Legal Alert: How Do Your Benefits Compare? An Employer’s Essential Responsibility to IL Employees– Providing Employees a Comparison of Essential Health Benefits

Updated November 11, 2021.

On August 27, 2021, Illinois Governor J.B. Pritzker signed the Consumer Coverage Disclosure Act (SB 1905).

Who? This law applies to all employers, including the state; state departments, agencies, municipalities, and school districts; and private employers who have employees gainfully employed in the State of Illinois and provide group health coverage to those in-state employees (“Covered Employers”). It does not matter if the health plan is fully insured, self-funded, grandfathered, grand mothered or level-funded. This requirement applies to Illinois-based employees, not employers, so an employer based in another state would still be responsible for compliance if they have employees in Illinois who are eligible for the group health plan.

What? Covered employers must give all Illinois-based employees who are eligible (or presumably will be eligible) for health insurance under that group health plan an easy-to-understand comparison between the group health plan’s essential health benefits (EHBs) offerings and the EHBs that are required in the state-regulated individual market. EHBs include 10 categories of items and services:

  1. Ambulatory patient services;
  2. Emergency services;
  3. Hospitalization;
  4. Maternity and newborn care;
  5. Mental health and substance use disorder services including behavioral health treatment;
  6. Prescription drugs;
  7. Rehabilitative and habilitative services and devices;
  8. Laboratory services;
  9. Preventive and wellness services and chronic disease management; 
  10. Pediatric services, including oral and vision care.

Tip: Transparency is the reason behind SB 1905. Employees need to know how their employer plan stacks up against the state-mandated coverage in the individual market.

Considerations for some employers: While this is an employer responsibility, SB 1905 impacts covered employers sponsoring self-insured (including level-funded) plans or small grandfathered plans the most. These group health plans do not have to cover all 10 EHBs. Moreover, if they choose to cover a particular EHB category, they can benchmark their coverage against another state’s benchmark plan, picking and choosing whichever state has the most favorable benefits and coverage for that category. The Illinois rule requires only disclosure about these EHBs, not any specific coverage.

The Illinois Department of Labor has a template which an employer may use to inform employees of benefits included (or not included) in their group health plan. It is also available in a fillable Excel file from the IDOL. Employers are permitted to provide the information in another format, so long as it is easily understood and provides information on all the required EHBs and whether or not they are covered under the plan. The state also has a short FAQ for employers.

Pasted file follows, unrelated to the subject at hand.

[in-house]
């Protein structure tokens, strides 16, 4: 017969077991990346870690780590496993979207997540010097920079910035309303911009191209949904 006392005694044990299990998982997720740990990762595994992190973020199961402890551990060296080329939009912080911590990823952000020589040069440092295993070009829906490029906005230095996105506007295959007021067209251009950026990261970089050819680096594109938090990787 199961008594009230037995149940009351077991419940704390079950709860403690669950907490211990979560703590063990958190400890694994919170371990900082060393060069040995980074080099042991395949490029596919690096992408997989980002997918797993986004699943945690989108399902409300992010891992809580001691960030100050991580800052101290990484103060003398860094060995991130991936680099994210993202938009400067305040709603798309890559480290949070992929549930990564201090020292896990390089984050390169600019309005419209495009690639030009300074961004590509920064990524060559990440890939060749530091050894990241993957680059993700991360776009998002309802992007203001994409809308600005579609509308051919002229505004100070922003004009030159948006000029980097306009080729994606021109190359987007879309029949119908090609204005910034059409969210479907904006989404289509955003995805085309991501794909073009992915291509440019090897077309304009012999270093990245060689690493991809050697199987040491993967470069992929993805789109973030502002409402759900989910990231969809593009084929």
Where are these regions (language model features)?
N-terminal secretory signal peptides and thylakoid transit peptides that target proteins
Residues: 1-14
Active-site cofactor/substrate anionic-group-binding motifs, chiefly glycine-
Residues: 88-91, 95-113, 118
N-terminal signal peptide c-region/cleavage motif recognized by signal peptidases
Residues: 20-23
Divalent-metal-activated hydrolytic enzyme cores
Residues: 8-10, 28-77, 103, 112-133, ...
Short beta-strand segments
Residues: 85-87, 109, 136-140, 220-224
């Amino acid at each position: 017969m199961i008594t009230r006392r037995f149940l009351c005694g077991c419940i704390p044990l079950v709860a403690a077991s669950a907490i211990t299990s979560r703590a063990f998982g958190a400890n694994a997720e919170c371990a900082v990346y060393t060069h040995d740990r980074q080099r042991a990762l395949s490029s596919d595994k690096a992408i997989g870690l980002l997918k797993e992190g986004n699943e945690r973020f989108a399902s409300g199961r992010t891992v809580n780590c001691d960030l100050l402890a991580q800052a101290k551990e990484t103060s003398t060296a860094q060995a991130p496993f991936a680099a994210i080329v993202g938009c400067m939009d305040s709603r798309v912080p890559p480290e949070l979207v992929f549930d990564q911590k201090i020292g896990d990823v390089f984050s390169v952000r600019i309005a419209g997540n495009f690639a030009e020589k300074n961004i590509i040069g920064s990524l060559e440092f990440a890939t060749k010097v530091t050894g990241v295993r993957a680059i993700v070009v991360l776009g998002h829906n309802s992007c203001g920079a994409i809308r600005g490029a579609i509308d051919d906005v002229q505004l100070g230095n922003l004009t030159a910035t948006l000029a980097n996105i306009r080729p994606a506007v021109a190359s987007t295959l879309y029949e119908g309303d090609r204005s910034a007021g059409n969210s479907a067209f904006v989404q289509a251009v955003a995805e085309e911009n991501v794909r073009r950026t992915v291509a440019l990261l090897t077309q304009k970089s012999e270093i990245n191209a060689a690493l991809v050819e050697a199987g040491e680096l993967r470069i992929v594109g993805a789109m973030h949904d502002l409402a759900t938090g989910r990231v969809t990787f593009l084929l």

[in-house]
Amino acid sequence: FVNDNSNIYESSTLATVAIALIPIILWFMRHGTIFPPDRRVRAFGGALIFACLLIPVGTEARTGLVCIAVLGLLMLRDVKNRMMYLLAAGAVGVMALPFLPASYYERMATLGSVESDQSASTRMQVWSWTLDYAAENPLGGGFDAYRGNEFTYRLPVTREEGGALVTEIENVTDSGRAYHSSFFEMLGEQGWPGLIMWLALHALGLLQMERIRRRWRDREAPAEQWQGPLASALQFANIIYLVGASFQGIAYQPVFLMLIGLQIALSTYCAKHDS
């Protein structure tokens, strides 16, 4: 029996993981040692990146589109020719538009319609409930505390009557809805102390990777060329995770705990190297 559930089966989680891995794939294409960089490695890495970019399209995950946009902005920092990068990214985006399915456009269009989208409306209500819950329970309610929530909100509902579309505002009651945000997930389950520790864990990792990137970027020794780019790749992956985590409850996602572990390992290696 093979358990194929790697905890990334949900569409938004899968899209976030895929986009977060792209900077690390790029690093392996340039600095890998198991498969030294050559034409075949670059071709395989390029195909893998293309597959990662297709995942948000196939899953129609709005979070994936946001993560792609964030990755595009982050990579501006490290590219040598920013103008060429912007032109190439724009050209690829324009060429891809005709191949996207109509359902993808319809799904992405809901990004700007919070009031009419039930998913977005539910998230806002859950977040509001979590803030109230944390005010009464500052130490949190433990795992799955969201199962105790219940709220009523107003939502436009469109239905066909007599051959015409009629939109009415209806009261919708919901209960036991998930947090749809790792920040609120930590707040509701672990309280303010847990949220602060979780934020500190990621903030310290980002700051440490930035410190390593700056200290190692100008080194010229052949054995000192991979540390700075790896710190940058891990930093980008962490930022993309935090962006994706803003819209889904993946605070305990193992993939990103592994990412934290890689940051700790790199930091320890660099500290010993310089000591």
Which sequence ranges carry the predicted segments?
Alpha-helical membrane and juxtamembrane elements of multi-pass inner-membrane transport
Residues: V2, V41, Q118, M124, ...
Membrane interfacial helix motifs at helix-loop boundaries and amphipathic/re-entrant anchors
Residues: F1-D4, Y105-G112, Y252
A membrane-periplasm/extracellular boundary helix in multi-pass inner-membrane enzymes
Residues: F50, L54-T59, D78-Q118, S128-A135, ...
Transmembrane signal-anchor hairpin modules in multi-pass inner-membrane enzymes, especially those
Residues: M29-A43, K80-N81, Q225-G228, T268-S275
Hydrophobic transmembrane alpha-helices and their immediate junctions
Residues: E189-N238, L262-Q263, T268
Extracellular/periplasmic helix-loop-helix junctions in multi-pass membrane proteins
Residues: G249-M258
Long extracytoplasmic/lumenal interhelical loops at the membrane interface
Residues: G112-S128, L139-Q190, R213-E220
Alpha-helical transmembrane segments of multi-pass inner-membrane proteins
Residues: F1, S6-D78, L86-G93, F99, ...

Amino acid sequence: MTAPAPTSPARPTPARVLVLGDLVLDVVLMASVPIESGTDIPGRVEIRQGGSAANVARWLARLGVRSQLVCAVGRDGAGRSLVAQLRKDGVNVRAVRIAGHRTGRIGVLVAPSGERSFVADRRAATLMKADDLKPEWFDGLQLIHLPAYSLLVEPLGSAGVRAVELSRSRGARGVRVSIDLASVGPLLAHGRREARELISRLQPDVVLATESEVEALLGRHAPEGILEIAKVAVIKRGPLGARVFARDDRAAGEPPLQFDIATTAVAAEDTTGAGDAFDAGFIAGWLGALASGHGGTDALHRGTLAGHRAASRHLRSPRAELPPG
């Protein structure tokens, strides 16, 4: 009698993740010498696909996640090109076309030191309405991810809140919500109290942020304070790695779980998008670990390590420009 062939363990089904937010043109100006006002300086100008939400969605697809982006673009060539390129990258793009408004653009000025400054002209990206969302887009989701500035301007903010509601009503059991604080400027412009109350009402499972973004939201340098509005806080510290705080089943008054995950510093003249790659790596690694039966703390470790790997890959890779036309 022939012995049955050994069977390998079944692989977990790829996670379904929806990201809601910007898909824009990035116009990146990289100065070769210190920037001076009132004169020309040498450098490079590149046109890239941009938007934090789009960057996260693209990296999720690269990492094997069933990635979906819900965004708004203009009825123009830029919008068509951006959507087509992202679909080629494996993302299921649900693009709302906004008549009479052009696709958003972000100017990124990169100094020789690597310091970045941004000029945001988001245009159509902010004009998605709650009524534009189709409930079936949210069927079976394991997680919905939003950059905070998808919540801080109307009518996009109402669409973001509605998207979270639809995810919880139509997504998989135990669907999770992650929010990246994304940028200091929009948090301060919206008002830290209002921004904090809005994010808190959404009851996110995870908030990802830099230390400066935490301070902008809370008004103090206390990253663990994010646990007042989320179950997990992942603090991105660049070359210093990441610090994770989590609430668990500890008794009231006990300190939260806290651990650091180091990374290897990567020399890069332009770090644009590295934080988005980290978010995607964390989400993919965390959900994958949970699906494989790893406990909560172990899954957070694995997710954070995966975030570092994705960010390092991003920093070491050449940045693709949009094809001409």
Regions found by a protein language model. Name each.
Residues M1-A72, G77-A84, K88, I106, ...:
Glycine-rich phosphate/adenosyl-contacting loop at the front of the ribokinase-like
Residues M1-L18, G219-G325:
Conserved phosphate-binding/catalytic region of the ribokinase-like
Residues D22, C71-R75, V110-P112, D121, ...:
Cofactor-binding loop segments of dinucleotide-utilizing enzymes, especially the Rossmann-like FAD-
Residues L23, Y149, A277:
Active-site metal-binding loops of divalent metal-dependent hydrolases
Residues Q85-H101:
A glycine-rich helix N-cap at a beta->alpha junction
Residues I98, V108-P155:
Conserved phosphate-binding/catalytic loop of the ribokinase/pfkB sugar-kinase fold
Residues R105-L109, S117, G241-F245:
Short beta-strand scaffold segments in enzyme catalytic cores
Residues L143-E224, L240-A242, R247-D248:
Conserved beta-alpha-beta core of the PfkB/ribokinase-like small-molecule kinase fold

When? Covered employers must give employees this information upon hire, annually and when requested. It may be sent to employees via email or posted on the employer’s website that employees regularly access.

Tip: Covered Employers should work with their carriers or TPAs if they have questions about an EHB as it relates to their plan. Some carriers might provide a completed template to their clients, but others might not. Remember, this is an employer obligation. While SB 1905 requires (1) Illinois-based employees who (2) are eligible for the group health plan receive the comparison, it may be a best practice to place the disclosure in all new hire packets, open enrollment materials, as well as post on the intranet.

Are there penalties? The Illinois Department of Labor is charged with enforcement, and the penalties are steep. The IDOL may request documentation demonstrating that the covered employer met its disclosure requirements going back up to one year. Covered employers face a maximum penalty of $1,000 for the first offense, up to $3,000 for the second offense and up to $5,000 for subsequent offenses. The penalties may be mitigated based on good faith efforts and the nature of the violation.

Tip: Covered employers should document this practice and maintain the disclosure for at least two years (or until we know how the DOL’s one-year clock is run).

The information contained herein should be understood to be general insurance brokerage information only and does not constitute advice for any particular situation or fact pattern and cannot be relied upon as such. Statements concerning financial, regulatory or legal matters are based on general observations as an insurance broker and may not be relied upon as financial, regulatory or legal advice. This document is owned by Alera Group, Inc., and its contents may not be reproduced, in whole or in part, without the written permission of Alera Group, Inc. Updated as of 11/16/2021.